As I reported in “The Global Corporatocracy is Just a Pen Stroke Away From Completion,” the ISDS provision is what gives the new generation of trade treaties such as TTIP their sharp claws and canine teeth. If allowed to take universal effect, the system will impose above our governments a rigid framework of international corporate law designed to exclusively protect the interests of corporations, relieving them of all financial risk and social and environmental responsibility.

Yes, precisely.

There is a considerable amount more under the last dotted link, which gives both a good explanation of the ISDS, and gives evidence that the TTIP now seems to be opposed by leading European politicians, of which the main one is Germany's vice-president and minister of economy Sigwart Gabriel:

“We won’t accept any pressure for further liberalization, or privatization. We won’t lower any social, environment or consumer protection standards,” says German Economy Minister Sigmar Gabriel. “And we will not – I am completely sure of this – see any privatization of arbitration.”

But as I implied: This is a good article that deserves full reading.

4. Just three?

The last item for today is a brief reflection on the fact that today there are just three crisis items.

First, in the last 1 3/4 years that I have been writing mostly about the crisis (in this Nederlog) it has happened before that there was nothing or very little to be found, though not very often.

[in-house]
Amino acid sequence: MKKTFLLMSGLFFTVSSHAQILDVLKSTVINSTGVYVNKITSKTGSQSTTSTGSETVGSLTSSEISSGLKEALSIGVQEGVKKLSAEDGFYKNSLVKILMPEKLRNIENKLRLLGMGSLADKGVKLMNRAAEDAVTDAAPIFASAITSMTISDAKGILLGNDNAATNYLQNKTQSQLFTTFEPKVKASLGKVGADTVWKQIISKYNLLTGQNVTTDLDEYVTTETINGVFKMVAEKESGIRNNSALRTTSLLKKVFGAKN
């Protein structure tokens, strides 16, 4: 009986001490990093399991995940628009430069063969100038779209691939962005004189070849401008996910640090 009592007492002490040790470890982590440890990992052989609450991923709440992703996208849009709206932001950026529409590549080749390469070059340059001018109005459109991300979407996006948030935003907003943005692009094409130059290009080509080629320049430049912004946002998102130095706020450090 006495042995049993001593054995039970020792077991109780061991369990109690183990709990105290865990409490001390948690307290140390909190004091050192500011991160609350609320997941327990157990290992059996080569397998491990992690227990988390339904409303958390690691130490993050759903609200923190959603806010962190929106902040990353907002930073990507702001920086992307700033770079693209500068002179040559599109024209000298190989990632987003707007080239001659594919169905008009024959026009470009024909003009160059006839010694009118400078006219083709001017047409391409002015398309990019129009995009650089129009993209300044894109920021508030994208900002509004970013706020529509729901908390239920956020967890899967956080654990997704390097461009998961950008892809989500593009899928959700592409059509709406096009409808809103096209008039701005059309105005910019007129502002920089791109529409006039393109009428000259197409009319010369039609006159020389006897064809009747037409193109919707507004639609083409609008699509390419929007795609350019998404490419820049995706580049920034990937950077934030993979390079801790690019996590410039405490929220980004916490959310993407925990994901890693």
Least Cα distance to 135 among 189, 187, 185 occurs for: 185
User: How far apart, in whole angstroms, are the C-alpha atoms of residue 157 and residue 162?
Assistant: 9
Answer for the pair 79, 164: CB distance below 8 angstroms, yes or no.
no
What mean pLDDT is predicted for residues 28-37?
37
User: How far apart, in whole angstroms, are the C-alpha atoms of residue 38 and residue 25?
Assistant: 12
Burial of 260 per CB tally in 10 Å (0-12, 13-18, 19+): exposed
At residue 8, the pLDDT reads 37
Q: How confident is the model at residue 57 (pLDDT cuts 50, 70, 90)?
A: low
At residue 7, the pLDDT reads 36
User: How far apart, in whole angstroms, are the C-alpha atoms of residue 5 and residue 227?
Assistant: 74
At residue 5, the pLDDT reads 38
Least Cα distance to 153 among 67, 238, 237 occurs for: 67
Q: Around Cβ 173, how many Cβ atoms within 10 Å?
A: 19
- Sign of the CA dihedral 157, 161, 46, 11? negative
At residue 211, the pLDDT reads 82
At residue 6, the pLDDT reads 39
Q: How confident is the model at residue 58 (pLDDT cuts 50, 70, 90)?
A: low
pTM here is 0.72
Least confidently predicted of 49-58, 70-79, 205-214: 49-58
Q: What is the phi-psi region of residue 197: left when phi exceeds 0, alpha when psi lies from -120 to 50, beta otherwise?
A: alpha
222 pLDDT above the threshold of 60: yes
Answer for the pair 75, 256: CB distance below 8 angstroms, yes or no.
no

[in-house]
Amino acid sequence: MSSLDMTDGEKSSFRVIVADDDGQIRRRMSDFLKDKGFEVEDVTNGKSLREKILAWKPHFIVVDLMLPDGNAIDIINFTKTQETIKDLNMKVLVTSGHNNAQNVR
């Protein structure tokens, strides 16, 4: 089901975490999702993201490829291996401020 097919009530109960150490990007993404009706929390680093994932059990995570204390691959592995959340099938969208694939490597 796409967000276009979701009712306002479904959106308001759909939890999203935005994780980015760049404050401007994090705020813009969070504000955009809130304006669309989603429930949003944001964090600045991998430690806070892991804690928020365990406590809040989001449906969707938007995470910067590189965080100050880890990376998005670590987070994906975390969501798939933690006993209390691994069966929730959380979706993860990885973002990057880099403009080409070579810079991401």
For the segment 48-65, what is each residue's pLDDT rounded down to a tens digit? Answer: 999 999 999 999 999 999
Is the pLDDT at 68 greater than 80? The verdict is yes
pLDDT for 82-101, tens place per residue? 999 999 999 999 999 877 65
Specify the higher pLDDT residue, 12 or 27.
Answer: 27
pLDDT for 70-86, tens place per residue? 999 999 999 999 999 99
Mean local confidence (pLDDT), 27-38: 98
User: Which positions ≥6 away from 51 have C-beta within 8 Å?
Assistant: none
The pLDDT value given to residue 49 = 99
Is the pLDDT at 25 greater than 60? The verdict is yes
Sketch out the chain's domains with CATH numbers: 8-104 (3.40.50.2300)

But yes, I did search through the around 40 websites I check every day for the crisis series, and while I found some other pieces that might have qualified for
inclusion here, either I did not think them good enough or I thought they repeated information I did include before.

Second, it is a Sunday and that may be part of the reason there isn't much (for most papers and weeklies still work considerably less on Sundays, which is all rihjt with me).

But OK - I am still around, and will write more tomorrow, when I also expect there will be more crisis items.


P.S. Mar 30, 2015: I added the link - again - in the third item, that disappeared for some unaccountable reason.


[1] O yes! And I did originally consider using a stronger term, but yes: I cannot think of anyone who is supposed to read my mails or those of almost anyone else as being other than a secret anonymous moral degenerate.